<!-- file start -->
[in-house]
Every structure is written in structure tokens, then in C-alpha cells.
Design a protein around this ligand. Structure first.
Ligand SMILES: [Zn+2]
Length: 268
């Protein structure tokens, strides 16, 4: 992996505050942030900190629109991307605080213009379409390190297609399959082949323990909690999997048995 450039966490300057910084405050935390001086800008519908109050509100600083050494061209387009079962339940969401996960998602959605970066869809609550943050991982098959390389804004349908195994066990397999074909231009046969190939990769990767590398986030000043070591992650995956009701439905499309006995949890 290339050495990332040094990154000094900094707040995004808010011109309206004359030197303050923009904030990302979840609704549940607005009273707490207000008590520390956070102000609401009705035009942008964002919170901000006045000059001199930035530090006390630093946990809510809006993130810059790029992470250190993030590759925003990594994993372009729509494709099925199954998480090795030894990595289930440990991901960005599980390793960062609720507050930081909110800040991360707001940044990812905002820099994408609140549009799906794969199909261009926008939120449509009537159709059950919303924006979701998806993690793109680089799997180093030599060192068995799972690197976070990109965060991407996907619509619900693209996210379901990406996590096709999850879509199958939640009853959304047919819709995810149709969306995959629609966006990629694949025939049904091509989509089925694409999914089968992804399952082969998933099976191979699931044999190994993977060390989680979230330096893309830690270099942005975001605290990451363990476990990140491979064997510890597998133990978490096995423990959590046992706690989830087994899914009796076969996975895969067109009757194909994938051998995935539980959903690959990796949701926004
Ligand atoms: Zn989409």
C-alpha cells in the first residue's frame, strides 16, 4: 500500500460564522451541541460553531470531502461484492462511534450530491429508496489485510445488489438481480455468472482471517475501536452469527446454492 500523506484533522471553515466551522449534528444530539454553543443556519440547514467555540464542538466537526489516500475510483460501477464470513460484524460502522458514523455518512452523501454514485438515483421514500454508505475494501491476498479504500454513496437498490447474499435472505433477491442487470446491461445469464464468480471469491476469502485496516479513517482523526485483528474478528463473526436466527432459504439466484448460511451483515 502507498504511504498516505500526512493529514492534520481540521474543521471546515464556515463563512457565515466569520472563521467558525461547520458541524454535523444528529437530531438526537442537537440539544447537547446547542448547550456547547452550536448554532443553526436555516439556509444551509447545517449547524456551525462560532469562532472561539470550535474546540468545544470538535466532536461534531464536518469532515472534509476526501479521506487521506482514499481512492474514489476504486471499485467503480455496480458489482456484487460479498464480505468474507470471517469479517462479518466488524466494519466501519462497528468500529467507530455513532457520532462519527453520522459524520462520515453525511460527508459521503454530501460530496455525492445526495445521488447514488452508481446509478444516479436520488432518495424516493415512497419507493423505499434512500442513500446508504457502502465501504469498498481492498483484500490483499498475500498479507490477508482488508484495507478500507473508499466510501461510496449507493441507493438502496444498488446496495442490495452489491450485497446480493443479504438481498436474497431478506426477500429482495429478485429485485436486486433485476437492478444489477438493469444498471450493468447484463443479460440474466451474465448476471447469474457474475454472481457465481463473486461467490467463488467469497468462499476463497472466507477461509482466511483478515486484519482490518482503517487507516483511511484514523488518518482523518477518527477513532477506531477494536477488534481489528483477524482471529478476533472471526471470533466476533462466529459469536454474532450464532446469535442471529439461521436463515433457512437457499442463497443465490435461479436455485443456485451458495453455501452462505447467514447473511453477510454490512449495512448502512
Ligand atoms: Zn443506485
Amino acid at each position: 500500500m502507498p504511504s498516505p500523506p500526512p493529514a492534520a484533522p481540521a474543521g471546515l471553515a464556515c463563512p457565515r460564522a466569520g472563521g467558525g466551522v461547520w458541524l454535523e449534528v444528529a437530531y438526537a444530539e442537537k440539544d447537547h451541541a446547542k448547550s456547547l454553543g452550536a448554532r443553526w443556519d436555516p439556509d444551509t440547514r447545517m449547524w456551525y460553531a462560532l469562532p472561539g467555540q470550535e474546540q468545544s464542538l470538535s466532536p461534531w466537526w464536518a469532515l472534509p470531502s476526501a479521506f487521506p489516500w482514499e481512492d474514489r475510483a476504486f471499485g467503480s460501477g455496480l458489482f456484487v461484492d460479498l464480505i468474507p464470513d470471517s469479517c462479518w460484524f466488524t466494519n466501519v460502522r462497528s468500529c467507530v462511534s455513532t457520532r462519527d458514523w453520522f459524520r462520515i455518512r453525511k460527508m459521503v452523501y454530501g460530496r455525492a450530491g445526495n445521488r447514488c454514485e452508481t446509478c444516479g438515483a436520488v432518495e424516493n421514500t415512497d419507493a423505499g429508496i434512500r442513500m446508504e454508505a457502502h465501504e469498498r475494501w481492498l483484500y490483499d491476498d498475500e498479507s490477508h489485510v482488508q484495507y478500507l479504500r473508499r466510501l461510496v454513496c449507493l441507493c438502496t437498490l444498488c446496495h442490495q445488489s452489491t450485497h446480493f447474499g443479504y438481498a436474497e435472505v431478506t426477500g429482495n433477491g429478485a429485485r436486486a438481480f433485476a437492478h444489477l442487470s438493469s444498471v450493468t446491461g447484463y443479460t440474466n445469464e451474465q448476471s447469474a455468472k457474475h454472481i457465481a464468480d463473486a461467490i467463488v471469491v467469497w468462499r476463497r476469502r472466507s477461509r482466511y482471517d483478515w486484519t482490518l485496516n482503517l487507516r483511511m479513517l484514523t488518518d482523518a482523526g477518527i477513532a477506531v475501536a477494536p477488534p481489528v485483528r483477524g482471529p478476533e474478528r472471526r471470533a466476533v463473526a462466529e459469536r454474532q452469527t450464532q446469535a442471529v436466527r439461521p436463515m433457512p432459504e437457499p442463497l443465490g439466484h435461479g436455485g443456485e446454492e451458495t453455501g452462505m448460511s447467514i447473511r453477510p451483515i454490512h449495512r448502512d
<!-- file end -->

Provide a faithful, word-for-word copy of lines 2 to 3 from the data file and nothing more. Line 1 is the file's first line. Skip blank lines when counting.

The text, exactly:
Every structure is written in structure tokens, then in C-alpha cells.
Design a protein around this ligand. Structure first.